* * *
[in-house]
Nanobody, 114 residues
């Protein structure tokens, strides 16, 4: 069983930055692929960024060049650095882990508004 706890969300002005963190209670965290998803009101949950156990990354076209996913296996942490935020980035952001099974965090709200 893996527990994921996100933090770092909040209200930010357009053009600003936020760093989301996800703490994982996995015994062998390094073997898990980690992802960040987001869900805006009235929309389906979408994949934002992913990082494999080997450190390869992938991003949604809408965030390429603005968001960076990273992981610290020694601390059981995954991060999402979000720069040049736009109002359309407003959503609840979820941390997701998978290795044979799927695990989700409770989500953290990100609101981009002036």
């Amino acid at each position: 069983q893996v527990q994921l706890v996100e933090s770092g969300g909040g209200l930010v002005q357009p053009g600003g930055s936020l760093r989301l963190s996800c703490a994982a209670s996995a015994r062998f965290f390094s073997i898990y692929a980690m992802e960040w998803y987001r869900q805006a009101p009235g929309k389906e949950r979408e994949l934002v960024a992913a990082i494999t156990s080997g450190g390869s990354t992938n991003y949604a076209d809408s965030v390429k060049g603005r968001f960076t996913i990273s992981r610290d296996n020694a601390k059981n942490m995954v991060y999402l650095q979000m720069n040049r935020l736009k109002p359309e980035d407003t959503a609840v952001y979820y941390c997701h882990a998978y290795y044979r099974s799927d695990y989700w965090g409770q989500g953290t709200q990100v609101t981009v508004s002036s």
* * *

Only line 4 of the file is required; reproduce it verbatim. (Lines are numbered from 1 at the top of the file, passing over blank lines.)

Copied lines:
């Amino acid at each position: 069983q893996v527990q994921l706890v996100e933090s770092g969300g909040g209200l930010v002005q357009p053009g600003g930055s936020l760093r989301l963190s996800c703490a994982a209670s996995a015994r062998f965290f390094s073997i898990y692929a980690m992802e960040w998803y987001r869900q805006a009101p009235g929309k389906e949950r979408e994949l934002v960024a992913a990082i494999t156990s080997g450190g390869s990354t992938n991003y949604a076209d809408s965030v390429k060049g603005r968001f960076t996913i990273s992981r610290d296996n020694a601390k059981n942490m995954v991060y999402l650095q979000m720069n040049r935020l736009k109002p359309e980035d407003t959503a609840v952001y979820y941390c997701h882990a998978y290795y044979r099974s799927d695990y989700w965090g409770q989500g953290t709200q990100v609101t981009v508004s002036s």